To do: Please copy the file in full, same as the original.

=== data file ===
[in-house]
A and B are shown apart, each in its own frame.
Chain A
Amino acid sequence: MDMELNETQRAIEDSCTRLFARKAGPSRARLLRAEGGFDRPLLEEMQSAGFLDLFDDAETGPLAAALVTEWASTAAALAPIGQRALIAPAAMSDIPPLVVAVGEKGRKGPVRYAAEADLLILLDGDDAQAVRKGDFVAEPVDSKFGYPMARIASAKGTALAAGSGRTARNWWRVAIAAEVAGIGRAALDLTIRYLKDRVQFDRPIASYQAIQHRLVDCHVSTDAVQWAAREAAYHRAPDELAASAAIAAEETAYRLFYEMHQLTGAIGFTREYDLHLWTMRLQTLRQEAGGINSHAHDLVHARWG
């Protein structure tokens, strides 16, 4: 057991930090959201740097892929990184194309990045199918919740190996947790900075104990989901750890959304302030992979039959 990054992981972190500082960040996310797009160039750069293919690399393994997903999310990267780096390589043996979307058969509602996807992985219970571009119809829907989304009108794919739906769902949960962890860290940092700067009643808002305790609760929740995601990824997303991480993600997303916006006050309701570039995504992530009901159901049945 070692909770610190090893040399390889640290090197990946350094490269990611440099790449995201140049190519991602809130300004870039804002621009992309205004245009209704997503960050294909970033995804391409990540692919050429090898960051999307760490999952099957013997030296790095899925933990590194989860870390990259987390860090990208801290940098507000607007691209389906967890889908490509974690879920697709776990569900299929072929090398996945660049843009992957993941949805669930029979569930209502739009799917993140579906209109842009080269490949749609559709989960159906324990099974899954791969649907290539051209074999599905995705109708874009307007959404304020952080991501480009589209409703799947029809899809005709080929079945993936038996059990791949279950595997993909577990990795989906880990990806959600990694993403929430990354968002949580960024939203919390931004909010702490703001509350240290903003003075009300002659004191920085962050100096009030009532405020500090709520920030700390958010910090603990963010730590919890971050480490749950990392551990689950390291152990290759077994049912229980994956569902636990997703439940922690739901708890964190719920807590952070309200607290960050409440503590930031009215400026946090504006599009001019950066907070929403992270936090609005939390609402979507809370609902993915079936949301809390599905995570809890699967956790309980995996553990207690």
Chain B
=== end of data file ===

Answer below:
[in-house]
A and B are shown apart, each in its own frame.
Chain A
Amino acid sequence: MDMELNETQRAIEDSCTRLFARKAGPSRARLLRAEGGFDRPLLEEMQSAGFLDLFDDAETGPLAAALVTEWASTAAALAPIGQRALIAPAAMSDIPPLVVAVGEKGRKGPVRYAAEADLLILLDGDDAQAVRKGDFVAEPVDSKFGYPMARIASAKGTALAAGSGRTARNWWRVAIAAEVAGIGRAALDLTIRYLKDRVQFDRPIASYQAIQHRLVDCHVSTDAVQWAAREAAYHRAPDELAASAAIAAEETAYRLFYEMHQLTGAIGFTREYDLHLWTMRLQTLRQEAGGINSHAHDLVHARWG
């Protein structure tokens, strides 16, 4: 057991930090959201740097892929990184194309990045199918919740190996947790900075104990989901750890959304302030992979039959 990054992981972190500082960040996310797009160039750069293919690399393994997903999310990267780096390589043996979307058969509602996807992985219970571009119809829907989304009108794919739906769902949960962890860290940092700067009643808002305790609760929740995601990824997303991480993600997303916006006050309701570039995504992530009901159901049945 070692909770610190090893040399390889640290090197990946350094490269990611440099790449995201140049190519991602809130300004870039804002621009992309205004245009209704997503960050294909970033995804391409990540692919050429090898960051999307760490999952099957013997030296790095899925933990590194989860870390990259987390860090990208801290940098507000607007691209389906967890889908490509974690879920697709776990569900299929072929090398996945660049843009992957993941949805669930029979569930209502739009799917993140579906209109842009080269490949749609559709989960159906324990099974899954791969649907290539051209074999599905995705109708874009307007959404304020952080991501480009589209409703799947029809899809005709080929079945993936038996059990791949279950595997993909577990990795989906880990990806959600990694993403929430990354968002949580960024939203919390931004909010702490703001509350240290903003003075009300002659004191920085962050100096009030009532405020500090709520920030700390958010910090603990963010730590919890971050480490749950990392551990689950390291152990290759077994049912229980994956569902636990997703439940922690739901708890964190719920807590952070309200607290960050409440503590930031009215400026946090504006599009001019950066907070929403992270936090609005939390609402979507809370609902993915079936949301809390599905995570809890699967956790309980995996553990207690």
Chain B